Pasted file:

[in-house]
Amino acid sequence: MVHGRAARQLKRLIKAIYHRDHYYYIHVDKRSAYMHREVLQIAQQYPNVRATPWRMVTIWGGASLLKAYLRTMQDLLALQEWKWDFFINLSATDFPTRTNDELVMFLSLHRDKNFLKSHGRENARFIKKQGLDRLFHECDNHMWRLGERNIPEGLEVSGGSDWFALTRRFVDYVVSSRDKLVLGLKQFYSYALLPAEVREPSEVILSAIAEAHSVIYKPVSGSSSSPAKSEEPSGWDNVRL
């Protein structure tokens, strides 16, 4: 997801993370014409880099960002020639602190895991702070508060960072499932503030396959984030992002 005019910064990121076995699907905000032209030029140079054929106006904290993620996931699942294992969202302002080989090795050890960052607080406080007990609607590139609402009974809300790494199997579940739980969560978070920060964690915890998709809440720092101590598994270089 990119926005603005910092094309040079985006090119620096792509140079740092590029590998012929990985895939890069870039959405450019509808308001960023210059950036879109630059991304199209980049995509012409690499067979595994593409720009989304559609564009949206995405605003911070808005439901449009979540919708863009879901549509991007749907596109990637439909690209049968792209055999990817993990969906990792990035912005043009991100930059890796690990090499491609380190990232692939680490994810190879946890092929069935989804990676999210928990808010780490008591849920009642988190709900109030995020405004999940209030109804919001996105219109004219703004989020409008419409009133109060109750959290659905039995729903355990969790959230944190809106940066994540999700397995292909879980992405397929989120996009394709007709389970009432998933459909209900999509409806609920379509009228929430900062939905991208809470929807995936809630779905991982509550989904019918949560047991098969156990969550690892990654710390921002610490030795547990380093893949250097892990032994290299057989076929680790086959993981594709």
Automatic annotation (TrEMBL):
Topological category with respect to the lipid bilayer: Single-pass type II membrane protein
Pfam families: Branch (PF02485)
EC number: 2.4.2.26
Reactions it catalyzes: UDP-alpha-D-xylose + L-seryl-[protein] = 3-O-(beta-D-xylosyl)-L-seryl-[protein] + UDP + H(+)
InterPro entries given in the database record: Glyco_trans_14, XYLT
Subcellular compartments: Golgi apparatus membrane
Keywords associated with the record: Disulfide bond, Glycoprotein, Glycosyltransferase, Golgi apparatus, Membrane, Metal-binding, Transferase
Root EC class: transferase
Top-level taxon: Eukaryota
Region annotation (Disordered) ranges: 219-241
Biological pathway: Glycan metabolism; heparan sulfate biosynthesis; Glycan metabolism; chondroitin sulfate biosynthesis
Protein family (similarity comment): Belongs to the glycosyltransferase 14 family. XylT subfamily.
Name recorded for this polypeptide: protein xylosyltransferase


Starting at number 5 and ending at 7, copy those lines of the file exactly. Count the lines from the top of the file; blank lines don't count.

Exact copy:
Topological category with respect to the lipid bilayer: Single-pass type II membrane protein
Pfam families: Branch (PF02485)
EC number: 2.4.2.26